Chapter 10: Producing World-Class Goods & Services 2012-12-17 7:39 AM
• What are some challenges that Canada faces in its ability to remain a competitive country?
• How is innovation related to research and development?
• Explain the difference between production management and operations management.
• Can you name and define 3 functions that are common to operations management in both
the service and the manufacturing sectors?
• What are the major criteria for facility location?
• What is involved in im plementing these: six sigma, SQC, SPC, ISO 9000 and ISO 14000?
• What are 3 basic requirements of production?
• Define and differentiate the following: process manufacturing, assembly process,
continuous process, and intermittent process.
• Whats the difference bet ween materials resource planning & enterprise resource planning?
• What is just-in-time inventory control?
• How does flexible manufacturing differ from lean manufacturing?
• What are CAD, CAM, and CIM?
Learning Objective #1: Define operations management and explain what types of firms use it.
• Operations management is a specialized area in management that converts or transforms
resources (including human resources) into goods and services.
• What kinds of firms use operation managers?
o Firms in both the manufacturing and the service sectors us e operations managers.
Learning Objective #2: Describe the operations management planning issues involved in both the
manufacturing and the service sectors, including facility location, facility layout, and quality control.
• Functions involved in both the manufacturing and the service sectors include facility
location, facility layout, and quality control.
• What is facility location and how does it differ from facility layout?
o Facility location is the process of selecting a geographic location for ac company’s
operations. Facility layout is the physical arrangement of resources (including
people) to produce goods and services effectively and efficiently.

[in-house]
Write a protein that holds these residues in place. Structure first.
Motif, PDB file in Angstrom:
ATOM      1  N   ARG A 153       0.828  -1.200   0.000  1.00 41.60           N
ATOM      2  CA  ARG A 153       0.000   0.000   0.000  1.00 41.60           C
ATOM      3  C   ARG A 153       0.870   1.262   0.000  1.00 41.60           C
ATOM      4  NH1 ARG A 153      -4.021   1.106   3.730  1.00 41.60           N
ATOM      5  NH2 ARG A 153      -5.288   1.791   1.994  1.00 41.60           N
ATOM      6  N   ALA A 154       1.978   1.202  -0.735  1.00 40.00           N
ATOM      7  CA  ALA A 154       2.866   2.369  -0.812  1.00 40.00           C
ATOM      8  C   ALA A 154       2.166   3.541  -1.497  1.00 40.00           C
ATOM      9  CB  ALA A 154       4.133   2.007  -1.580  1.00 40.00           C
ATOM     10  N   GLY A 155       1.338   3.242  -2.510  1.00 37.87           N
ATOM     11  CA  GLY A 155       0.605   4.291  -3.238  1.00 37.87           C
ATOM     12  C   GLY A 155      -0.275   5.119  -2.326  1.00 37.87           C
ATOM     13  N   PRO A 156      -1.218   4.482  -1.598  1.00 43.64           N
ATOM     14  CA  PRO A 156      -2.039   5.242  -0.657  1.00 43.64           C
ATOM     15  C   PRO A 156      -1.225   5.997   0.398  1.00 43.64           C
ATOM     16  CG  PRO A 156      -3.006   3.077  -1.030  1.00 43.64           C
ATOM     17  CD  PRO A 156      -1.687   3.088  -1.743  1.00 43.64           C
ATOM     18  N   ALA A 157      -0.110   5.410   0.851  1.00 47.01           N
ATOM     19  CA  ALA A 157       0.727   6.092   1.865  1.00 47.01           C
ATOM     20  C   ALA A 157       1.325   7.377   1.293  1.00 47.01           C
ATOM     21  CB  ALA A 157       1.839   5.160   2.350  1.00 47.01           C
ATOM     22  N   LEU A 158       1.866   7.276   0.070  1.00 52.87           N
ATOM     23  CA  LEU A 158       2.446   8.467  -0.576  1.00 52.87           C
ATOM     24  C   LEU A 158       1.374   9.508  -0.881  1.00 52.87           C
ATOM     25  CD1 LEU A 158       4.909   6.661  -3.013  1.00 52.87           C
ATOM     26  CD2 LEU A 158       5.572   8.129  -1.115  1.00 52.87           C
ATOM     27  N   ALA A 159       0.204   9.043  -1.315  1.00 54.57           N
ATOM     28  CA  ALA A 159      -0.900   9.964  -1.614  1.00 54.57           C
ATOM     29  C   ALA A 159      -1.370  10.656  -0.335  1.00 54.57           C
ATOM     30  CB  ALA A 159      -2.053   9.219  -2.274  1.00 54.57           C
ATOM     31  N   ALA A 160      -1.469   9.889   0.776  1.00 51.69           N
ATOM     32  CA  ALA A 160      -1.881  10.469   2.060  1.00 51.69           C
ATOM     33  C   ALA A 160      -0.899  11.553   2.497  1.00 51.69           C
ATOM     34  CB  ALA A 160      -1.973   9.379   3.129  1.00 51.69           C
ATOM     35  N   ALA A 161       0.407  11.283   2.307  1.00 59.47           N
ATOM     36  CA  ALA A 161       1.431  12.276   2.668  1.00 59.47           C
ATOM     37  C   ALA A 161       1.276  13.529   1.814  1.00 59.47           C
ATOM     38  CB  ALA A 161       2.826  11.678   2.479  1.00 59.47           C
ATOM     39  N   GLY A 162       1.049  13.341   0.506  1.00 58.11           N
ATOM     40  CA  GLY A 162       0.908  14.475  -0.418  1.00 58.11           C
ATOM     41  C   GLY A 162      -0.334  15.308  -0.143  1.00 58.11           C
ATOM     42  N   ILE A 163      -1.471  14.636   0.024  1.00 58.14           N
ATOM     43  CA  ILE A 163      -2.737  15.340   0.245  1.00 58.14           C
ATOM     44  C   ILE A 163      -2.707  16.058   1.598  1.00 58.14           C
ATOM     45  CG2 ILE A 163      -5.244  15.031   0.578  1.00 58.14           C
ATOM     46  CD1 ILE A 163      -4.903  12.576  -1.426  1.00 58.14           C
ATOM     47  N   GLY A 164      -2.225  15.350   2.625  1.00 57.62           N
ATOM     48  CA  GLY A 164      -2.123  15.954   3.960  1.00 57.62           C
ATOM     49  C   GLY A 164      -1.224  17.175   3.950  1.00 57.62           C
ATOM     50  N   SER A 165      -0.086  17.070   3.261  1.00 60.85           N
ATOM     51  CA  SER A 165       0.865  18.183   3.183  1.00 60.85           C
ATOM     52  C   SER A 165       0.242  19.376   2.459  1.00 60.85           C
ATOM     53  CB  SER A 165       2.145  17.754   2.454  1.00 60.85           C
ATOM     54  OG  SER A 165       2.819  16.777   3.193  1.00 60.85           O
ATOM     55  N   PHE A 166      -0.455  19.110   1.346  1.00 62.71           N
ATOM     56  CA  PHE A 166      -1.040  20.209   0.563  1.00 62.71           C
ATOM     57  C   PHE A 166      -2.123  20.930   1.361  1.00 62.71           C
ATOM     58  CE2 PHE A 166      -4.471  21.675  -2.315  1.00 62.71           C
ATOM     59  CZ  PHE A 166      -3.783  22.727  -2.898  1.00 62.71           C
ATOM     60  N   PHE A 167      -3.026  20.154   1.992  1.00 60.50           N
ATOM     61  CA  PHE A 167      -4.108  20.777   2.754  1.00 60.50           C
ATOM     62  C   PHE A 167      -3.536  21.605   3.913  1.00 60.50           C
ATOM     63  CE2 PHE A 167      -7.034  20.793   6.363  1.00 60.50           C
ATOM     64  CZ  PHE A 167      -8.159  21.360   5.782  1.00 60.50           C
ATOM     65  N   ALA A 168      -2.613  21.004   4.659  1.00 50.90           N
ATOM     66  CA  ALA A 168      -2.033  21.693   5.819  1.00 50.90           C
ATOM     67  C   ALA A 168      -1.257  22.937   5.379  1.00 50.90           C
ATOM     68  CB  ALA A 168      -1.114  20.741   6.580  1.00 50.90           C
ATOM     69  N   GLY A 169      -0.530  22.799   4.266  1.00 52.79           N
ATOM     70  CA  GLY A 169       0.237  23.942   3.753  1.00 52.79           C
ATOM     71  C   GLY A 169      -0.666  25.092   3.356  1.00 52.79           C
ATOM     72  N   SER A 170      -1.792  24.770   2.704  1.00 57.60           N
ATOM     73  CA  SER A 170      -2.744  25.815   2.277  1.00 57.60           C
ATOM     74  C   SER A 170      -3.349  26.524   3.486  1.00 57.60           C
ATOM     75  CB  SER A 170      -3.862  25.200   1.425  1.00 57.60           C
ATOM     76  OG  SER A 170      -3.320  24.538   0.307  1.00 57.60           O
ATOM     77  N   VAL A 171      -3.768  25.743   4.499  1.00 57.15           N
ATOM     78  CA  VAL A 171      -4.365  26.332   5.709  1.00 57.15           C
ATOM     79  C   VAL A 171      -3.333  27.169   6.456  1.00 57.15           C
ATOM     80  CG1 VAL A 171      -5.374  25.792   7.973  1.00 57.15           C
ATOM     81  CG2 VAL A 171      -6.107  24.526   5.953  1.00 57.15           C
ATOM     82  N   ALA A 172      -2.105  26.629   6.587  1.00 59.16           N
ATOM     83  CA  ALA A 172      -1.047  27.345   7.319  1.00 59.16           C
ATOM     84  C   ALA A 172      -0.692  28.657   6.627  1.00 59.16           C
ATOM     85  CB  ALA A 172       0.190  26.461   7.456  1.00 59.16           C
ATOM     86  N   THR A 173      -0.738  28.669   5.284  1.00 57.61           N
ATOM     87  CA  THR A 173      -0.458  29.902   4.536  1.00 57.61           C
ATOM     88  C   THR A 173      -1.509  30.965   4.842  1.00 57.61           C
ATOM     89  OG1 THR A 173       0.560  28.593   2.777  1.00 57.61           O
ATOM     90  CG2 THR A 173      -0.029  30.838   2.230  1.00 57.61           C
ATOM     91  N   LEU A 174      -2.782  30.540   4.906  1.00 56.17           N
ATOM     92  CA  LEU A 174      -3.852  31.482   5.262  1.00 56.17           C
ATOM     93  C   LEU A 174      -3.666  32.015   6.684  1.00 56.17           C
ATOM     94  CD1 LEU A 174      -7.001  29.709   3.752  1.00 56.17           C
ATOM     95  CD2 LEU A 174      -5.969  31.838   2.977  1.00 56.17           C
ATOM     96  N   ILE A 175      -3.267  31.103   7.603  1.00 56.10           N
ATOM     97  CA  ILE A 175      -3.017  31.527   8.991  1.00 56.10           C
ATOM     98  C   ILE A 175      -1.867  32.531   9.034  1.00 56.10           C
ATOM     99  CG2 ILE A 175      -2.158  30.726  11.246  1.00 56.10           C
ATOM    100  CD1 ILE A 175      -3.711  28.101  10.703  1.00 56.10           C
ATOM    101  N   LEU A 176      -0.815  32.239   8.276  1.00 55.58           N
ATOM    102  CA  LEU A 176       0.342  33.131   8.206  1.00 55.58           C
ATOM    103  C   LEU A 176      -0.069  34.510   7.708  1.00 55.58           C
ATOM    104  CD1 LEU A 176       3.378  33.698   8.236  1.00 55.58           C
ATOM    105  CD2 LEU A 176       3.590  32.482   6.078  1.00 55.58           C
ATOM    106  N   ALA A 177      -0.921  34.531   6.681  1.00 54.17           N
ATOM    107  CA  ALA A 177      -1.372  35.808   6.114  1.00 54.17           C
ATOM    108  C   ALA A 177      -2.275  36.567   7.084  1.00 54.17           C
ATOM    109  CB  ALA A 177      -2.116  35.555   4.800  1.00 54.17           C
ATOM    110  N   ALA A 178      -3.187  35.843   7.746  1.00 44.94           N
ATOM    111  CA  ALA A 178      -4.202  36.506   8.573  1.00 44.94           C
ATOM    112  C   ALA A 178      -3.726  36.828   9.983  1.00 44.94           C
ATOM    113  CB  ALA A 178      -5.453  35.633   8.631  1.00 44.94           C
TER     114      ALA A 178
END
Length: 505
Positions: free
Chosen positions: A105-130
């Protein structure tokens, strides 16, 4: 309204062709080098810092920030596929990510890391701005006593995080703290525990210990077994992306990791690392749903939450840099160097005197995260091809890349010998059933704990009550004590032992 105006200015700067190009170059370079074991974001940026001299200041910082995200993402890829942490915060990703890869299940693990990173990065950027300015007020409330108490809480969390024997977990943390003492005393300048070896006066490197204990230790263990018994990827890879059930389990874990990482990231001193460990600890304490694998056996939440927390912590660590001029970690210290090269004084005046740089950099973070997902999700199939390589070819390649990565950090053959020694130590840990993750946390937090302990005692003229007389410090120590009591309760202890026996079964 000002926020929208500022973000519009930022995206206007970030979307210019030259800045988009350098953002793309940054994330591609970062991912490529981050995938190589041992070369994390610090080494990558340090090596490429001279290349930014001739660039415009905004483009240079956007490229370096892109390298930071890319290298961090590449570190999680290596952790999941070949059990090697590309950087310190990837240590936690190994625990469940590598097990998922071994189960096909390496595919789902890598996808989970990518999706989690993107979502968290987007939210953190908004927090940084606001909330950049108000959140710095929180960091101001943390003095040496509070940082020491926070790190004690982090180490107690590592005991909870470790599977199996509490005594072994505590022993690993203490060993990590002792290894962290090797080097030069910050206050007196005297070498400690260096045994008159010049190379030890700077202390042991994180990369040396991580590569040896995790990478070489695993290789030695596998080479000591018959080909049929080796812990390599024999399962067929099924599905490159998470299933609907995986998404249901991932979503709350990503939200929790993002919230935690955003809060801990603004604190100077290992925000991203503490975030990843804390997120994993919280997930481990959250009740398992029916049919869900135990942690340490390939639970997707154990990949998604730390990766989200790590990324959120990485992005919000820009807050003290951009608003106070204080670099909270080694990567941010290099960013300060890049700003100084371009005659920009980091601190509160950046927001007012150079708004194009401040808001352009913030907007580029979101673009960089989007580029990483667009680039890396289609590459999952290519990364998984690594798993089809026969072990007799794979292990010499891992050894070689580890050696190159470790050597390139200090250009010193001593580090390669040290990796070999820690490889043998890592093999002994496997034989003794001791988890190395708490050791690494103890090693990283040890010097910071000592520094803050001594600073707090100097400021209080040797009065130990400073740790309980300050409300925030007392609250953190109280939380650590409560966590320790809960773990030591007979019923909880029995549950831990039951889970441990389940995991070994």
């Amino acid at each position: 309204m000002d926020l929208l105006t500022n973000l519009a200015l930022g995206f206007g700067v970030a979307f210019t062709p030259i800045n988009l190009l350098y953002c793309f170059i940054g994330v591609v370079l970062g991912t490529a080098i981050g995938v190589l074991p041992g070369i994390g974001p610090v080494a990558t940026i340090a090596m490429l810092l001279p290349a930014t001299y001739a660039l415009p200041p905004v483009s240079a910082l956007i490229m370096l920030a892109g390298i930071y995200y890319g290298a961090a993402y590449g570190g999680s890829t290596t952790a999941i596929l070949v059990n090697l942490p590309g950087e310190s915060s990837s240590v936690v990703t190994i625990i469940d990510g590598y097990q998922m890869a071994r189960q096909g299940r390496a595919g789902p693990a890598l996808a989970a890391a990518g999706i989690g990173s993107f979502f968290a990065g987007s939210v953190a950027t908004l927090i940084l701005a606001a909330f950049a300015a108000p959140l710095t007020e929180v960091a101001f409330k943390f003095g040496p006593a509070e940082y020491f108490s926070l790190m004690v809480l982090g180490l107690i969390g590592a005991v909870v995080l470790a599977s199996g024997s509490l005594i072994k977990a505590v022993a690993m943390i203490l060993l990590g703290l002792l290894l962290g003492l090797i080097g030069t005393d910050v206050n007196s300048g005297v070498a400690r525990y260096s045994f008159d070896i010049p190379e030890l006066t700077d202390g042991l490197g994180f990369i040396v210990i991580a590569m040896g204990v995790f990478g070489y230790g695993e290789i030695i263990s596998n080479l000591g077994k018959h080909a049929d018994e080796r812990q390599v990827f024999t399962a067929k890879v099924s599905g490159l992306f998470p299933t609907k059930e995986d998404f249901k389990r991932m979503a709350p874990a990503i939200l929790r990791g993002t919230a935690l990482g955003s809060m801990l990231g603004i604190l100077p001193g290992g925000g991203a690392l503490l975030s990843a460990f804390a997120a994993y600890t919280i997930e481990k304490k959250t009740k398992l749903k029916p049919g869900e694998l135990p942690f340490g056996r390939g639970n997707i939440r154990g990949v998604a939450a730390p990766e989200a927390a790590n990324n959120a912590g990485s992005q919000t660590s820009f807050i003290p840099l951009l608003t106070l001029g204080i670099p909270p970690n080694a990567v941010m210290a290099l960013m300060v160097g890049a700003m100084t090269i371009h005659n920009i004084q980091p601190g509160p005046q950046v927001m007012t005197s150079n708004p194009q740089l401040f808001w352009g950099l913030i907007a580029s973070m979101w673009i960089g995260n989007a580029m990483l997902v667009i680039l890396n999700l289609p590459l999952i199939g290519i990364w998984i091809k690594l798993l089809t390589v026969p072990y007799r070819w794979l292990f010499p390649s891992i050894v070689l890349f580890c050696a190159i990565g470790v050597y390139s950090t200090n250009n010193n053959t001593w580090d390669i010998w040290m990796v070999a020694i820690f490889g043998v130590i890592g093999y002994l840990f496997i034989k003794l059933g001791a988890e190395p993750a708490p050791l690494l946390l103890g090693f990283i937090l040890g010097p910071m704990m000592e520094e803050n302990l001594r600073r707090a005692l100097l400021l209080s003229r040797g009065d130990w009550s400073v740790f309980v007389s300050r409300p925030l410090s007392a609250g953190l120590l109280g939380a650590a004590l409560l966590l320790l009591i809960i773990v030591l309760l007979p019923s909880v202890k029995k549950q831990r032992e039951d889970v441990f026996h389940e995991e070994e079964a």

• Why is facility loc ation so important, and what criteria are used to evaluate different sites?
o The very survival of manufacturing depends on its ability to remain competitive,
and that means either making inputs less costly (reducing costs of labour and
land), or increasing from present inputs (increasing productivity). Labour costs
and land costs are 2 major criteria for selecting the right sites. Other criteria
include whether: 1) resources are plentiful and inexpensive, 2) skilled workers are
available or are trainable, 3) taxes are low and the local government offers
support, 4) energy and water are availab le, 5) transportation costs are low, and 6)
the quality of life and education are high.
• What are the latest quality control concepts?
o Six sigma quality (just 3.4 defects per million products) detects potential problems
before they occur. Statistical qualit y control (SQC) is the process that some
managers use to continually monitor al processes in production to ensure that
quality is being built into the product from the beginning. Statis tical process
control (SPC) is the process of taking statistical sample s of product components at
each stage of the production process and plotting those results on a graph. Any
variances from quality standards are recognized and can be corrected.
• What quality standards do firms use in Canada?
o International standards that Canadian firms strive to meet include ISO 9004:2000
(ISO 9000) and ISO 14000. The first is a European standard for quality and the
second is a collection of the best practices for managing an organization’s impact
on the environment.
Learning Objective #3: Discuss the problem of measuring productivity in the service sector, and tell
how technology is leading to productivity gains in service companies.